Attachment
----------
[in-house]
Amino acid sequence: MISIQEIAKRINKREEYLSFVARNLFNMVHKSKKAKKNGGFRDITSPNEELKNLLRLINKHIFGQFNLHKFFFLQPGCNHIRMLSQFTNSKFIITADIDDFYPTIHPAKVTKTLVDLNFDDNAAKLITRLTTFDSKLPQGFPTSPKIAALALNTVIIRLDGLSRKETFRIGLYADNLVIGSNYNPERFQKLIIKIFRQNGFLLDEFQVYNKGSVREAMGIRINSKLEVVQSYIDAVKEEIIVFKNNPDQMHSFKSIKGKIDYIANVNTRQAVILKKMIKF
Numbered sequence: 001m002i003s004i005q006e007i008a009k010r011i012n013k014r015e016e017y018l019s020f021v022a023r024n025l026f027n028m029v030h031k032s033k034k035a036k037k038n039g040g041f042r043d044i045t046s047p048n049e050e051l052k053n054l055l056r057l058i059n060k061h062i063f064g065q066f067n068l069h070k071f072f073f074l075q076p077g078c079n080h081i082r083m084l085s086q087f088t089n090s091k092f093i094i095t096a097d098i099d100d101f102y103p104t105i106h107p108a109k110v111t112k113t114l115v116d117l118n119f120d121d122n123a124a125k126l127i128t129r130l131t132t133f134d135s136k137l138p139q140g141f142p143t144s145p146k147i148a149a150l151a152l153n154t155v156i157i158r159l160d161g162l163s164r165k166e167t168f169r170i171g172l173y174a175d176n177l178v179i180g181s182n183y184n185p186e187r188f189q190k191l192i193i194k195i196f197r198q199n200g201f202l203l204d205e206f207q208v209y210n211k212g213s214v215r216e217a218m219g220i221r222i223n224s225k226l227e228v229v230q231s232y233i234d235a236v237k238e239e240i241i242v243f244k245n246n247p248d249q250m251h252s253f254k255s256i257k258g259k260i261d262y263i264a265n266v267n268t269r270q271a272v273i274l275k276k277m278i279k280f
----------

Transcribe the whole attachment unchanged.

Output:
[in-house]
Amino acid sequence: MISIQEIAKRINKREEYLSFVARNLFNMVHKSKKAKKNGGFRDITSPNEELKNLLRLINKHIFGQFNLHKFFFLQPGCNHIRMLSQFTNSKFIITADIDDFYPTIHPAKVTKTLVDLNFDDNAAKLITRLTTFDSKLPQGFPTSPKIAALALNTVIIRLDGLSRKETFRIGLYADNLVIGSNYNPERFQKLIIKIFRQNGFLLDEFQVYNKGSVREAMGIRINSKLEVVQSYIDAVKEEIIVFKNNPDQMHSFKSIKGKIDYIANVNTRQAVILKKMIKF
Numbered sequence: 001m002i003s004i005q006e007i008a009k010r011i012n013k014r015e016e017y018l019s020f021v022a023r024n025l026f027n028m029v030h031k032s033k034k035a036k037k038n039g040g041f042r043d044i045t046s047p048n049e050e051l052k053n054l055l056r057l058i059n060k061h062i063f064g065q066f067n068l069h070k071f072f073f074l075q076p077g078c079n080h081i082r083m084l085s086q087f088t089n090s091k092f093i094i095t096a097d098i099d100d101f102y103p104t105i106h107p108a109k110v111t112k113t114l115v116d117l118n119f120d121d122n123a124a125k126l127i128t129r130l131t132t133f134d135s136k137l138p139q140g141f142p143t144s145p146k147i148a149a150l151a152l153n154t155v156i157i158r159l160d161g162l163s164r165k166e167t168f169r170i171g172l173y174a175d176n177l178v179i180g181s182n183y184n185p186e187r188f189q190k191l192i193i194k195i196f197r198q199n200g201f202l203l204d205e206f207q208v209y210n211k212g213s214v215r216e217a218m219g220i221r222i223n224s225k226l227e228v229v230q231s232y233i234d235a236v237k238e239e240i241i242v243f244k245n246n247p248d249q250m251h252s253f254k255s256i257k258g259k260i261d262y263i264a265n266v267n268t269r270q271a272v273i274l275k276k277m278i279k280f